- executive function builds a strong foundation for school readiness, academic success, social, emotional and moral development.
- a child's environment plays a large role in developing executive function
- specialized training programs can help executive function skills to develop
- focused preschool interventions can help to strengthen a child's executive function skills
- when improvements in executive function are seen it carries over to social and academic successes
You can download the entire paper at the Center on the Developing Child - Harvard University.
Reference: Center on the Developing Child at Harvard University (2011). Building the Brain’s “Air Traffic Control” System: How Early Experiences Shape the Development of Executive Function: Working Paper No. 11. Retrieved from www.developingchild.harvard.edu
Friday, February 11, 2011
- statistical analysis indicated that variance in handwriting based on the assessments was greater than or equal to 20% for legibility and greater than or equal to 26% for speed
- only scores on the Developmental Test of Visual Motor Integration were different between skilled and non skilled handwriters
The researchers suggest that occupational therapists explore other influential factors besides sensory motor for handwriting difficulties because of low correlations between the assessments and handwriting ability.
Reference: Sheryl Klein, Val Guiltner, Patti Sollereder and Ying Cui
Relationships Between Fine-Motor, Visual-Motor, and Visual Perception Scores and Handwriting Legibility and Speed Physical & Occupational Therapy in Pediatrics 2011 31:1, 103-114
Visual Motor Exercises: 25 long mazes and patterns to practice pencil control. Only $4.99
Free sample page is below or here.
Thursday, February 10, 2011
- Increased brain activity in prefrontal cortex seen on MRI
- IQ scores increased by 3.8 points with 40 minutes of exercise per day afterschool (smaller increases in children who exercised 20 minutes per day)
- Improved math scores but not improved reading skills
Reference: Physorg.com Exercise helps overweight children think better, do better in math. Retrieved from the web on 2/10/11 at http://www.physorg.com/news/2011-02-overweight-children-math.html
Wednesday, February 9, 2011
Do you find this is true based on your experiences? I have found that children with poor kinesthetic awareness usually have motor skill delays include handwriting deficits. The researchers did conclude that a limitation of the study is the small sample size but it still makes you think...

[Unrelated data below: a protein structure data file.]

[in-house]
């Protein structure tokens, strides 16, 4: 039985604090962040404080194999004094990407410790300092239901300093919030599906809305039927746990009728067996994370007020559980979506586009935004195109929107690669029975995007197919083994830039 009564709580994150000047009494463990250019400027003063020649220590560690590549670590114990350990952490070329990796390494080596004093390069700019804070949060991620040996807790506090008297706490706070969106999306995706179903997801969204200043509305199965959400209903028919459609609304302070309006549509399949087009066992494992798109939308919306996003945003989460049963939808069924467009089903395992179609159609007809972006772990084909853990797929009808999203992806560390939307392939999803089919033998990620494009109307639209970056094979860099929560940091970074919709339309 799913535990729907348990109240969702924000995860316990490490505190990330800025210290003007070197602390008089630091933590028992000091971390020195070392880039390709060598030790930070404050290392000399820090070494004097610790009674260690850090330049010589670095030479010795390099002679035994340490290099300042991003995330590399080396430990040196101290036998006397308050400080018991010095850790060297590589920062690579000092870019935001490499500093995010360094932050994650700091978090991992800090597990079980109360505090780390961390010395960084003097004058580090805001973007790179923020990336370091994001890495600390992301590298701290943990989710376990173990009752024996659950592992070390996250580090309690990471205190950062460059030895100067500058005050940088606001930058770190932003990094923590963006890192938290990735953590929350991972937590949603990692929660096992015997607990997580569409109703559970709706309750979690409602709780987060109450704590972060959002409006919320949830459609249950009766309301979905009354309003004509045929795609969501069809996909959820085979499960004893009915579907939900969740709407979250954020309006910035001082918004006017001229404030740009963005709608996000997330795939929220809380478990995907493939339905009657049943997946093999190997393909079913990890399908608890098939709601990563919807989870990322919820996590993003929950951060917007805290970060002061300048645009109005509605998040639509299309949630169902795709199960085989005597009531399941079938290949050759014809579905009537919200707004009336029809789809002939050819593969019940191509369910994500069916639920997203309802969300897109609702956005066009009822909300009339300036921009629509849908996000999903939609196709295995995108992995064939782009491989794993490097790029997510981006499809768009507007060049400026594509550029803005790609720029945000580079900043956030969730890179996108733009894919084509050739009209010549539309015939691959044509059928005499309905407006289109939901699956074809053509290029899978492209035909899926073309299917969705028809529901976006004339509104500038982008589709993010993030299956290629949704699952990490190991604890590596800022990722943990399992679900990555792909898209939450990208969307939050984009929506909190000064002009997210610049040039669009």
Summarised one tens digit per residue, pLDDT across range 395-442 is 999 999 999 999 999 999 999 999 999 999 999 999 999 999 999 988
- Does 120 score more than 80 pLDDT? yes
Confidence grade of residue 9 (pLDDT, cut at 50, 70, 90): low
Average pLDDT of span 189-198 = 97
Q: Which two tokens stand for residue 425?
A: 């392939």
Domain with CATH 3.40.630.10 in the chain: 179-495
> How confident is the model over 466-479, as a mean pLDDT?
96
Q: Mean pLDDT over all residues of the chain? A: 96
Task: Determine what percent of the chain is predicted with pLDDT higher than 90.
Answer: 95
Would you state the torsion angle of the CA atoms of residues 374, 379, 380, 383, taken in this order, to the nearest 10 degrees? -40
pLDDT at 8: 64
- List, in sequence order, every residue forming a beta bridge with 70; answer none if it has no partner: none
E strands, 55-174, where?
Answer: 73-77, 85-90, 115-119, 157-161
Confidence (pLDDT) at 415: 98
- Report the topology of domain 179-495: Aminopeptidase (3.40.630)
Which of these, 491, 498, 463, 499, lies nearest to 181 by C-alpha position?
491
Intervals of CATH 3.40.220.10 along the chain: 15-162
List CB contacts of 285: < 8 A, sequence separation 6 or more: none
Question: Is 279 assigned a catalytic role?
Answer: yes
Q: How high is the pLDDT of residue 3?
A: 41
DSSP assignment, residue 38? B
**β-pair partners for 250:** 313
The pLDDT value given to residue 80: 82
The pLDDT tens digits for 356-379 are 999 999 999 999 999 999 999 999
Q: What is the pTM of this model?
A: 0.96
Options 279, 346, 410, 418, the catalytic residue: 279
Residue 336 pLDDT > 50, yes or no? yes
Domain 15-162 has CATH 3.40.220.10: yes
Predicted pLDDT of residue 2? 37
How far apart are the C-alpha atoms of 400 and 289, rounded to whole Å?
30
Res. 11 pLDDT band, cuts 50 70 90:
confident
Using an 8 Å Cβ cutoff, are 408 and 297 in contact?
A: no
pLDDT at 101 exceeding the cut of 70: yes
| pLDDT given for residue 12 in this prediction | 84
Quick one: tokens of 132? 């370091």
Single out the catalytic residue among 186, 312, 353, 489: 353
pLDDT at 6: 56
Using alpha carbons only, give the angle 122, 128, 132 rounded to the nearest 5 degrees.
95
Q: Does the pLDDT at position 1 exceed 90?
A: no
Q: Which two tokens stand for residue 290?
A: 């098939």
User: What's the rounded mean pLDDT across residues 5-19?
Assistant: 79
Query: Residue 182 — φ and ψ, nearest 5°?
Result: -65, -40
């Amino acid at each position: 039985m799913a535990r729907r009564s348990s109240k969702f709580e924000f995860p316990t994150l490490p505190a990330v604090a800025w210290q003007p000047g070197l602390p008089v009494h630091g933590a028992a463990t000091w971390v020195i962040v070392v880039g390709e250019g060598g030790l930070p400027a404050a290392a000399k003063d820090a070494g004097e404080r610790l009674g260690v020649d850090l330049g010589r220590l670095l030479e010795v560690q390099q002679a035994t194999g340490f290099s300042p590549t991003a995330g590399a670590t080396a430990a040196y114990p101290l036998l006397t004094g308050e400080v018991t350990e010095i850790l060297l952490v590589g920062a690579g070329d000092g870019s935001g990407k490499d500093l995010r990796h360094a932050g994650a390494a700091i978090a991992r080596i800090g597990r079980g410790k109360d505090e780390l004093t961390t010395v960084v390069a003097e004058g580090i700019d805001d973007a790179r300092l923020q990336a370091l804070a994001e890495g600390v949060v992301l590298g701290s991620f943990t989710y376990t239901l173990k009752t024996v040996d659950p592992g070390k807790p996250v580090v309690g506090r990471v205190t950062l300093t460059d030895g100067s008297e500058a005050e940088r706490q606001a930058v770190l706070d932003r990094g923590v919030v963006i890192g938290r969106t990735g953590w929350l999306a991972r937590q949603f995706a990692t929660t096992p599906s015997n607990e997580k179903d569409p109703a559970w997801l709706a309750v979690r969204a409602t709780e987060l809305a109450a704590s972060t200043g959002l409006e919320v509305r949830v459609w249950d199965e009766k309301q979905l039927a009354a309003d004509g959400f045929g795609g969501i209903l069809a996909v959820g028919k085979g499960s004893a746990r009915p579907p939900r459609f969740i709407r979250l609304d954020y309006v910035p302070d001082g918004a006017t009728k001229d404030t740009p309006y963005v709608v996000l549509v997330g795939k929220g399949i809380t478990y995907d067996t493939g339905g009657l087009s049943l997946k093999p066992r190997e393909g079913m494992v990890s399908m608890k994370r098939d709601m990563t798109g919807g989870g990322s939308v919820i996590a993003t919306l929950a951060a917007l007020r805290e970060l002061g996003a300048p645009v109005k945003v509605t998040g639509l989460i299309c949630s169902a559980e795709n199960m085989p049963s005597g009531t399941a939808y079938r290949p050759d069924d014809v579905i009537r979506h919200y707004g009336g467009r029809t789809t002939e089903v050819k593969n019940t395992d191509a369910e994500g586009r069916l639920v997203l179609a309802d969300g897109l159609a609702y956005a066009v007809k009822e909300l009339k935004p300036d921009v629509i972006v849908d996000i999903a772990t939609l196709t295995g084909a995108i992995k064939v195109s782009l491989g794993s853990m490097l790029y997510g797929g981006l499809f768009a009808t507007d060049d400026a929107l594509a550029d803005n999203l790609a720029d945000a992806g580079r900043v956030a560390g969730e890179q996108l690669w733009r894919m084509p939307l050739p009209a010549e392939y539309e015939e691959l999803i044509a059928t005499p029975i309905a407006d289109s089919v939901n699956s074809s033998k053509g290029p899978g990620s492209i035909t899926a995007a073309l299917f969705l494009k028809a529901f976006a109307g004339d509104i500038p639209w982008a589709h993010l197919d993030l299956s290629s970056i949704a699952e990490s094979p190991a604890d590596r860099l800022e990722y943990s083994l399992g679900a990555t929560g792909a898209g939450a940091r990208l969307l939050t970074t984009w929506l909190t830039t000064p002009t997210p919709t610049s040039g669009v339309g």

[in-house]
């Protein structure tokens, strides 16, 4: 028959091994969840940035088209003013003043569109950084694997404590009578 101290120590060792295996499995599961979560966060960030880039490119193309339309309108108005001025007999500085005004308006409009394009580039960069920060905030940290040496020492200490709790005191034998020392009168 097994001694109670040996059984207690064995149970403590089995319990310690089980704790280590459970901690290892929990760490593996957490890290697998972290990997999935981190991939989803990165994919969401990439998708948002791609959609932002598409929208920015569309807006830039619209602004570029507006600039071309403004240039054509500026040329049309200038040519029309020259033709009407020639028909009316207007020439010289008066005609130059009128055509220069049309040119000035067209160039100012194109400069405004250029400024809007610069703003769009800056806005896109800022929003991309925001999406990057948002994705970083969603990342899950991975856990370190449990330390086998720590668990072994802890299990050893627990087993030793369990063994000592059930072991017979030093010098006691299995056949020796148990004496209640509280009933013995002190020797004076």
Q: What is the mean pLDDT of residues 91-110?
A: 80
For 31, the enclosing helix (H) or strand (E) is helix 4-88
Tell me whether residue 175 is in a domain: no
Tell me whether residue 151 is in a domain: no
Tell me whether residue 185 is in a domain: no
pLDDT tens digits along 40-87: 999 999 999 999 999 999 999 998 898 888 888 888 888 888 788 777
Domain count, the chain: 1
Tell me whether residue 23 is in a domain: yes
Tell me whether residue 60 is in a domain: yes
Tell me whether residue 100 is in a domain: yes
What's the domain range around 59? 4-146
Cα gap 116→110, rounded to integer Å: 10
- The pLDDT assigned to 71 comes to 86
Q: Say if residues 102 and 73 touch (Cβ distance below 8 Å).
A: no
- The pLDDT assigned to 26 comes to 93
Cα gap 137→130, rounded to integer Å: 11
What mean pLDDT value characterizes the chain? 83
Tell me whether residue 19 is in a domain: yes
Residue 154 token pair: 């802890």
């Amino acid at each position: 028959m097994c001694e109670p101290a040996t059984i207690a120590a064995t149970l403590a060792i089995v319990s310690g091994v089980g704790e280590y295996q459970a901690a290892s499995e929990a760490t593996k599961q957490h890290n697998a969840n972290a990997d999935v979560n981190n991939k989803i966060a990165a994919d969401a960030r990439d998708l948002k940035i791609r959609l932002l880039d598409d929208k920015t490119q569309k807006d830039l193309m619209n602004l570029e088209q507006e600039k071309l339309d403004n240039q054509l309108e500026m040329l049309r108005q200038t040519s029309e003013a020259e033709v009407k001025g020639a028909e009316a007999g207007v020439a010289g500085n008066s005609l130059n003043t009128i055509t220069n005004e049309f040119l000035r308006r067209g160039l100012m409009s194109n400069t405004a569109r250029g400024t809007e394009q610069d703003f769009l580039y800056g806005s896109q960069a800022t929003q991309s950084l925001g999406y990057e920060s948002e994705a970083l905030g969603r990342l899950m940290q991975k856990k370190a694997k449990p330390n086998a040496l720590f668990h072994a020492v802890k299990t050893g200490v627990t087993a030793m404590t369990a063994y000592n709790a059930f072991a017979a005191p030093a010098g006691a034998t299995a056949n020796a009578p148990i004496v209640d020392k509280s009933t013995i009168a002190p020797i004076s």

Reference: Brink, Anne O'Leary PT; Jacobs, Anne Burleigh PT, PhD Kinesthetic Sensitivity and Related Measures of Hand Sensitivity in Children With Nonproficient Handwriting Pediatric Physical Therapy: Spring 2011 - Volume 23 - Issue 1 - p 88–94
Monday, February 7, 2011
1. You have the chance to see first hand during each session what functional tasks or skills need improvement.
2. The child's normal daily routine is not interrupted. If it is during school hours, the child will not be missing important class instruction.
3. You can provide and use only materials that are in the classroom or home making it more feasible for teachers and parents to carry over activities when you are not there.
4. You can actually see whether your environmental modifications are appropriate. Are teachers or parents able to carry out your recommendations to use adaptive equipment or modify assignments?
5. The teachers and parents can observe what you are doing each time making it easier for them to incorporate any techniques into the child's normal day everyday not just 2 times per week for 30 minutes.
Includes over 60 reproducible reporting forms with hundreds of suggested modification and interventions for students
Saturday, February 5, 2011
Reference: CLAIRE KERR, BRONA C MCDOWELL, JACKIE PARKES, MIKE STEVENSON, AIDAN P COSGROVE. Age-related changes in energy efficiency of gait, activity, and participation in children with cerebral palsy. Developmental Medicine & Child Neurology Volume 53, Issue 1, pages 61–67, January 2011
Friday, February 4, 2011
Thursday, February 3, 2011
Reference: Jeans, Kelly A., Browne, Richard H., Karol, Lori A.
Effect of Amputation Level on Energy Expenditure During Overground Walking by Children with an Amputation J Bone Joint Surg Am 2011 93: 49-56